Debian / Ubuntu - Install and configure an iSCSI server and an iSCSI client

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  • Published on : 11 October 2016 at 13:43 UTC
  • By Lionel Eppe

The SCSI connector is used to connect SCSI hard drives in a server.
For the iSCSI is a SCSI emulation over TCP/IP network. So, the iSCSI allows you to use a hard drive over the network as if it were a real hard drive.

  1. iSCSI server installation (Target)
  2. Configure iSCSI shares
  3. Installation and configuration of the iSCSI client (Initiator)

1. iSCSI server installation (Target)

Before you begin, you must set a statuc IP address on the machine where you will install the iSCSI server.
For this, refer to one of these tutorials : Debian - Define a private static IP address ou Ubuntu - Define a private static IP address

To install an iSCSI server, you must install these packages :
- iscsitarget : tools to manage the iSCSI server
- iscsitarget-dkms : the kernel

Code : Bash

apt-get install iscsitarget iscsitarget-dkms

During the installation, you will see this line :

Code : Plain Text

[....] iscsitarget not enabled in "/etc/default/iscsitarget", not starting... ..[ (warning).

Once installation is complete, enable the iSCSI server by setting the "ISCSITARGET_ENABLE" variable to true.

Code : Bash

vim /etc/default/iscsitarget

Code : Plain Text

ISCSITARGET_ENABLE=true

2. Configure iSCSI shares

With iscsitarget, you can share :
- hard disks : /dev/sd*
- partitions : /dev/sd**
- LVM volumes : /dev/vg*/my_lv
- RAID volumes : /dev/md*

In our case, we will share a LVM volume.
If you don't know how to create a logical volume in LVM, follow our tutorial "Install and use the LVM on Linux" until the end of step 2.4 of the tutorial.

The configuration of iSCSI shares must be indicated in the file : /etc/iet/ietd.conf

Code : Bash

vim /etc/iet/ietd.conf

In this file, you will find many comments and examples that are commented by default.

In this tutorial, we'll create a simple iSCSI share from a LVM logical volume.
Note that the logical volume to share over iSCSI should not be mounted.

If he is already mounted, use the "umount" command to unmount it.

To create a simple iSCSI share, you must indicate :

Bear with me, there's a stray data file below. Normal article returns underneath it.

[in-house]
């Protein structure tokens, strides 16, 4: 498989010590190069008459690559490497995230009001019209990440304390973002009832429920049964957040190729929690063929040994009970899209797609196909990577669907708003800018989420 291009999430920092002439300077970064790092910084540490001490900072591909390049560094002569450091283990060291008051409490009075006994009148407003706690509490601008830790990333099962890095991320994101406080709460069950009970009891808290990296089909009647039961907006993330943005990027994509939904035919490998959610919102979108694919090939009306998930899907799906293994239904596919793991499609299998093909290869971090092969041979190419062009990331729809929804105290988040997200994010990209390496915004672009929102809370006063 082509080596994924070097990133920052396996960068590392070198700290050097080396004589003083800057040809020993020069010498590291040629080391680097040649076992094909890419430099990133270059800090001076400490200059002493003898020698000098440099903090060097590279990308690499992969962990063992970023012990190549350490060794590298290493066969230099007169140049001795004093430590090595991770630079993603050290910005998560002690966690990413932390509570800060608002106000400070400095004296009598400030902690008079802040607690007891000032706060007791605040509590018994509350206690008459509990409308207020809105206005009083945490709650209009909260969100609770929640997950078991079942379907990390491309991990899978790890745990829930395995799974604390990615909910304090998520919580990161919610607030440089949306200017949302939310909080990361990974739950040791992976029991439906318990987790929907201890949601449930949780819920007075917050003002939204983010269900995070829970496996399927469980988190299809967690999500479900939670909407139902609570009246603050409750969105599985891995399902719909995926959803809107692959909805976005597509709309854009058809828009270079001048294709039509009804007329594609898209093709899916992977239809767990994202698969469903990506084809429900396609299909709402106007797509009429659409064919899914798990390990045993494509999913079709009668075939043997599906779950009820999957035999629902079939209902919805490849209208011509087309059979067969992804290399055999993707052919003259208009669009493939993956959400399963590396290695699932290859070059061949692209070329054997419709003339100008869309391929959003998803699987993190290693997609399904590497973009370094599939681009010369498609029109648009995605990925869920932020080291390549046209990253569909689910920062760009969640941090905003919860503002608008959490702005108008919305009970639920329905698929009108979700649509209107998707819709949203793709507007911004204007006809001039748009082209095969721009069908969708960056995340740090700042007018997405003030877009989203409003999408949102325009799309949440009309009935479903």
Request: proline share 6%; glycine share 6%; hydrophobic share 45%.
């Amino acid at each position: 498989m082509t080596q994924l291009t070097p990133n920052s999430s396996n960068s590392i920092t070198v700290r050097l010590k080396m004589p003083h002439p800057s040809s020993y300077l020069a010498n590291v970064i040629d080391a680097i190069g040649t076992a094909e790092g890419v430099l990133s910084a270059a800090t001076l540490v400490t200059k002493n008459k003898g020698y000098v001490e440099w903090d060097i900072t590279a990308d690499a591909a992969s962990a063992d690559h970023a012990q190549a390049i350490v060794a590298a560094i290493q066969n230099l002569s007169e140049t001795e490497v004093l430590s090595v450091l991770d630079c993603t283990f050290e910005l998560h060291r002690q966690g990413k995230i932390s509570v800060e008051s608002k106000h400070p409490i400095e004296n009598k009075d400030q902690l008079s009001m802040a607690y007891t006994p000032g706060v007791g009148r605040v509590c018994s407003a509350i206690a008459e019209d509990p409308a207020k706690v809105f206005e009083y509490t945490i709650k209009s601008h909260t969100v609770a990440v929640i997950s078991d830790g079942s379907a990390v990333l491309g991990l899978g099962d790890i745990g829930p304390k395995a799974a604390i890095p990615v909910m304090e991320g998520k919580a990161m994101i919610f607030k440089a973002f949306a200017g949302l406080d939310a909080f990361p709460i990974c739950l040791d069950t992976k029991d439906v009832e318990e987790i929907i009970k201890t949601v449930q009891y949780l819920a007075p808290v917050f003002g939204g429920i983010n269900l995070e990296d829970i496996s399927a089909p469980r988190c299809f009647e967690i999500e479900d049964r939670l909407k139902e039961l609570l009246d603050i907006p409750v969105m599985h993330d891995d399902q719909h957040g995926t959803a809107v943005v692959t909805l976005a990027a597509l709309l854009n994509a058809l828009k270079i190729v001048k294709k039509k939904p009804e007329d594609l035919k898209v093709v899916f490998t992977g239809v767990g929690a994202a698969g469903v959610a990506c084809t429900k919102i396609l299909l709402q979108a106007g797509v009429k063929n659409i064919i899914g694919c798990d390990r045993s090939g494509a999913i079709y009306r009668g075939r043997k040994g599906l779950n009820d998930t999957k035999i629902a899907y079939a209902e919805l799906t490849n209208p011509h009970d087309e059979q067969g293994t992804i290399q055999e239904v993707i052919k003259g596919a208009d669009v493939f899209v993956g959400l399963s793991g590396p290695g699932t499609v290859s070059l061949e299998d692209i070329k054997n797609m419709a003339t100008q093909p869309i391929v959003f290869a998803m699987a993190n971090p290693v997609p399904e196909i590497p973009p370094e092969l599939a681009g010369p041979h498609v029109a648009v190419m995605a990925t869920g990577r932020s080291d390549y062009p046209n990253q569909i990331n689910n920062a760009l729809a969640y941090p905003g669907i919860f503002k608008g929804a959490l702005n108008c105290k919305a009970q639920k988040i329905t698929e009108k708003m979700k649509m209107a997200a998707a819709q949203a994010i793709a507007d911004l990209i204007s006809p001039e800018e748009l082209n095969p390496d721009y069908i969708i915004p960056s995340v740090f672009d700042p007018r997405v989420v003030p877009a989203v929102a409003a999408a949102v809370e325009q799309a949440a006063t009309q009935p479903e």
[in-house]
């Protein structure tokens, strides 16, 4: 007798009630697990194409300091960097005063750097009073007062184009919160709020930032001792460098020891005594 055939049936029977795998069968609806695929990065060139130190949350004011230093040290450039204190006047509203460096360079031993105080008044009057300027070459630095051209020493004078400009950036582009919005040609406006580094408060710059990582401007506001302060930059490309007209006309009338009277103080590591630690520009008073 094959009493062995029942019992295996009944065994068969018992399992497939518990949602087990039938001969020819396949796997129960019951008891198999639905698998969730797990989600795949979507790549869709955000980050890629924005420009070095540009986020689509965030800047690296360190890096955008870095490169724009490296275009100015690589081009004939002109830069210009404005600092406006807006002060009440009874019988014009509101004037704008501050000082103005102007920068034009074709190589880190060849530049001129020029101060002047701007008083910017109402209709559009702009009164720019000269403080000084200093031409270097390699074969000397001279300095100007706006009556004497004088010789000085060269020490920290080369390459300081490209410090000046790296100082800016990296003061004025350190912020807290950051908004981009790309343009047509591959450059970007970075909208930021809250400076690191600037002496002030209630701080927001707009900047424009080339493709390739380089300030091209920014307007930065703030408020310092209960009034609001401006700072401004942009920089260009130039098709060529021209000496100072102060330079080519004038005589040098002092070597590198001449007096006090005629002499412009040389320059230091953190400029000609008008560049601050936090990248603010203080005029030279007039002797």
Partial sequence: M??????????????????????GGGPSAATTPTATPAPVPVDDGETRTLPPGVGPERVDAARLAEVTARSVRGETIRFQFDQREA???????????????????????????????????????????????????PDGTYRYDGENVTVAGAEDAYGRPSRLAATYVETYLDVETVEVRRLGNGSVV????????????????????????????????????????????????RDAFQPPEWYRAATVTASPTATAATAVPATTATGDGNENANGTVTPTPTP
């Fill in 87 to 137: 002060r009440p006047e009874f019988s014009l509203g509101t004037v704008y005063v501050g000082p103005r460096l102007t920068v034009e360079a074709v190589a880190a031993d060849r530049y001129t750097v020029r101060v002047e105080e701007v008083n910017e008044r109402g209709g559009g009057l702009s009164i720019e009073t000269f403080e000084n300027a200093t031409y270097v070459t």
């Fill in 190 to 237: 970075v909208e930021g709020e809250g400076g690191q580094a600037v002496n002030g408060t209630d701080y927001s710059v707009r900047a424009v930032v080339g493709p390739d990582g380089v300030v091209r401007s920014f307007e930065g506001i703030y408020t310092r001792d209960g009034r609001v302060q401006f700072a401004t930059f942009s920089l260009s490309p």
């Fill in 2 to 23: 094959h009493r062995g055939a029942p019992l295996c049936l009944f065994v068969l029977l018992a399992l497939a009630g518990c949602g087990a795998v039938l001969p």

- a Target : it is the identifier of the iSCSI share.
The iSCSI RFC 3720 standard says that it's best to use the syntax : Target iqn.yyyy-mm.<reversed domain name>[:identifier]
yyyy-mm : it is the date of the creation of the iSCSI share.
<reversed domain name> : it's the domain name of the machine, but reversed. (You can invent if you wish)
[:identifier] : is the name of the iSCSI share.
- IncomingUser : login credentials for the iSCSI share. This is a CHAP authentication.
- Lun : informations about the volume to share. Path + share's type.

In our case, we'll add this iSCSI share :

Code : Plain Text

Target iqn.2016-09.lan.informatiweb:mon_partage
   IncomingUser informatiweb my_password
   Lun 0 Path=/dev/iwvg/iw_vol1,Type=fileio

Then, restart the iSCSI server by typing this command :

Code : Bash

/etc/init.d/iscsitarget restart

To verify that your shares are configured correctly, you can use this command :

Code : Bash

cat /proc/net/iet/volume

If you get a result similar to this, is that your configuration is good.

Code : Plain Text

tid:1 name:iqn.2016-09.lan.informatiweb:mon_partage
	lun:0 state:0 iotype:fileio iomode:wt blocks:104652800 blocksize:512 path:/dev/iwvg/iw_vol1

3. Installation and configuration of the iSCSI client (Initiator)

Before we begin, we recommend that you set a static IP address for the machine on which you install the iSCSI client.
Indeed, otherwise, the connection to the iSCSI server may not be performed properly. This also will cause an error for mounting iSCSI shares at startup with fstab.

To install an iSCSI client, you must install the open-iscsi package.

Code : Bash

apt-get install open-iscsi

By default, the iSCSI client does not start automatically.